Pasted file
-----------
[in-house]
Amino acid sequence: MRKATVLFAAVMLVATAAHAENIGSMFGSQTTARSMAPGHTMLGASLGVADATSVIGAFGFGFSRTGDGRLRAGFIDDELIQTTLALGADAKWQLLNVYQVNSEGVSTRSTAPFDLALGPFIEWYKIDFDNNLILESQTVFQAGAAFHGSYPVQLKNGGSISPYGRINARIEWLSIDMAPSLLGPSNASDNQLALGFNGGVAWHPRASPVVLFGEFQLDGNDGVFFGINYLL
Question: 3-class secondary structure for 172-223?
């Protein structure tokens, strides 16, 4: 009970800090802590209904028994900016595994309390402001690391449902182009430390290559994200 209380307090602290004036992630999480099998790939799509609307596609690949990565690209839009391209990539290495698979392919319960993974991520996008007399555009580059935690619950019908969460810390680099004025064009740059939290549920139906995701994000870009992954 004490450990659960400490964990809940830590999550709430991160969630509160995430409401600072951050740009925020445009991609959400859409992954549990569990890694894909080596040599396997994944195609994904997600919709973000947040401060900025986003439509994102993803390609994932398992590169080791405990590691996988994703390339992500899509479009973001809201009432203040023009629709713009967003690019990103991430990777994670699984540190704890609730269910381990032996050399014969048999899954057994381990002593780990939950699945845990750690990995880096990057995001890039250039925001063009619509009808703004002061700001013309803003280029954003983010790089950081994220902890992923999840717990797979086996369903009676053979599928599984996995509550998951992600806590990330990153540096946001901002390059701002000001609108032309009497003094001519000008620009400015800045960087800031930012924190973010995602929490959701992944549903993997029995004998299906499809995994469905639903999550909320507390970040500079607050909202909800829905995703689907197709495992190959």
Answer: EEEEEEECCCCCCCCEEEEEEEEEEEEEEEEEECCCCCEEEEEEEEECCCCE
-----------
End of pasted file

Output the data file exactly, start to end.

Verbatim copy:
[in-house]
Amino acid sequence: MRKATVLFAAVMLVATAAHAENIGSMFGSQTTARSMAPGHTMLGASLGVADATSVIGAFGFGFSRTGDGRLRAGFIDDELIQTTLALGADAKWQLLNVYQVNSEGVSTRSTAPFDLALGPFIEWYKIDFDNNLILESQTVFQAGAAFHGSYPVQLKNGGSISPYGRINARIEWLSIDMAPSLLGPSNASDNQLALGFNGGVAWHPRASPVVLFGEFQLDGNDGVFFGINYLL
Question: 3-class secondary structure for 172-223?
């Protein structure tokens, strides 16, 4: 009970800090802590209904028994900016595994309390402001690391449902182009430390290559994200 209380307090602290004036992630999480099998790939799509609307596609690949990565690209839009391209990539290495698979392919319960993974991520996008007399555009580059935690619950019908969460810390680099004025064009740059939290549920139906995701994000870009992954 004490450990659960400490964990809940830590999550709430991160969630509160995430409401600072951050740009925020445009991609959400859409992954549990569990890694894909080596040599396997994944195609994904997600919709973000947040401060900025986003439509994102993803390609994932398992590169080791405990590691996988994703390339992500899509479009973001809201009432203040023009629709713009967003690019990103991430990777994670699984540190704890609730269910381990032996050399014969048999899954057994381990002593780990939950699945845990750690990995880096990057995001890039250039925001063009619509009808703004002061700001013309803003280029954003983010790089950081994220902890992923999840717990797979086996369903009676053979599928599984996995509550998951992600806590990330990153540096946001901002390059701002000001609108032309009497003094001519000008620009400015800045960087800031930012924190973010995602929490959701992944549903993997029995004998299906499809995994469905639903999550909320507390970040500079607050909202909800829905995703689907197709495992190959």
Answer: EEEEEEECCCCCCCCEEEEEEEEEEEEEEEEEECCCCCEEEEEEEEECCCCE